DataStax Luna delivers support for open source Cassandra

With the new subscription-based service, DataStax is broadening the spectrum of commercial services it offers for organizations using the popular database management system.

DataStax on Tuesday rolled out DataStax Luna, a subscription-based service that offers support for open source Cassandra. Since its founding, DataStax has specialized in delivering commercial support for Apache Cassandra. The new offering comes as momentum seems to be building around the popular database management system.

DataStax Luna is basically for organizations that already have open source Cassandra running in deployment. When these users have questions about Cassandra, they often look for answers in online forums. Luna is designed to offer the support those users need, with answers backed by DataStax's expertise.  

The new service is available via a self-service website, where customers can choose from two options: basic support (available during office hours) or enterprise (available 24-7). 

DataStax noted that, according to Gartner, it isn't wise to run open source projects for important applications without professional support. Even so, "it is not uncommon to see an enterprise running open source Cassandra," Manikandan Srinivasan, senior product director for DataStax, said to ZDNet. 

Even within DataStax's customer base, "we have customers that have multiple open source deployments in conjunction their [DataStax Enterprise] deployment," he said. "What we are trying to do is to meet the needs of all these customers."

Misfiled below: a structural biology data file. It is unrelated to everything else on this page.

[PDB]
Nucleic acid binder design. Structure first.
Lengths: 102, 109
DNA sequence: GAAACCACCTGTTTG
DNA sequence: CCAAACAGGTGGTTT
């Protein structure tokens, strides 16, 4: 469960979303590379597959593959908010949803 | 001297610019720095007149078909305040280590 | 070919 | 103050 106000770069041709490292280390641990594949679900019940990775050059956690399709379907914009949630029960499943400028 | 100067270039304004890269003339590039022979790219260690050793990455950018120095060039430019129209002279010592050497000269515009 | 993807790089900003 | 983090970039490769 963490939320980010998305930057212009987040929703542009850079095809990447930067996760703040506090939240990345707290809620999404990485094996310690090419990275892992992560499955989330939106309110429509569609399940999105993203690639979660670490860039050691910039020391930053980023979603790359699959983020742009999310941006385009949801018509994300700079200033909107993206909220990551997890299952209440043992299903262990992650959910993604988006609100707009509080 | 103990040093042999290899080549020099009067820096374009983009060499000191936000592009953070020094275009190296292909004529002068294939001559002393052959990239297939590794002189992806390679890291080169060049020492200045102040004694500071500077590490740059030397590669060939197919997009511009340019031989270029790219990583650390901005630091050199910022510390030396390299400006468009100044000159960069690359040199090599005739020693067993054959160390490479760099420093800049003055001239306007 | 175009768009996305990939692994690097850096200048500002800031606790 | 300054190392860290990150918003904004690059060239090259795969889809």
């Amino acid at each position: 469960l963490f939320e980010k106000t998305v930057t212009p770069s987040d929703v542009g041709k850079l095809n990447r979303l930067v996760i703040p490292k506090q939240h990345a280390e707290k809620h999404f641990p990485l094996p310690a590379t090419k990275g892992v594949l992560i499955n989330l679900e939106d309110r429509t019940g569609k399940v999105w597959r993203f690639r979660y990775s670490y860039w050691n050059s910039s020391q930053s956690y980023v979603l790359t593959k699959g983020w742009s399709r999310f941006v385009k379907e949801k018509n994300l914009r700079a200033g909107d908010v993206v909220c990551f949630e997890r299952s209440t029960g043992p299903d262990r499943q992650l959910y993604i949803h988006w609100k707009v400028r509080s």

DataStax Enterprise [DSE] gives customers a version of Cassandra with advanced performance, advanced security and tooling for operations and management. The company also offers DataStax Apollo, a database-as-a-service offering that's currently in beta. 

By offering a spectrum of service levels that customers can choose from, DataStax "definitely sees scenarios where [customers] would start with open source needs and transition to DSE or Apollo," Srinivasan said. 

Cassandra was conceived of as a masterless database, prioritizing scalibility over consistency. According to the DB-Engines Ranking, it's the tenth-most popular database management system out of 350, and it's grown more than 250 percent in popularity from 2013 to 2019.

With Cassandra's popularity on the rise, DataStax this year brought in new leadership to help it keep up. The company hired Chet Kapoor as CEO and Sam Ramji as chief strategy officer -- both Google veterans.

Meanwhile, the competitive landscape for DataStax is growing more intense. Earlier this month, Amazon Web Services announced its own Managed Apache Cassandra Service, which -- like DataStax Apollo -- is based on Apache Cassandra version 3.11. 

While he didn't comment on what the new AWS service could mean for DataStax, Srinivasan said that if anything, it is "a validation of the strength of the Cassandra market." 

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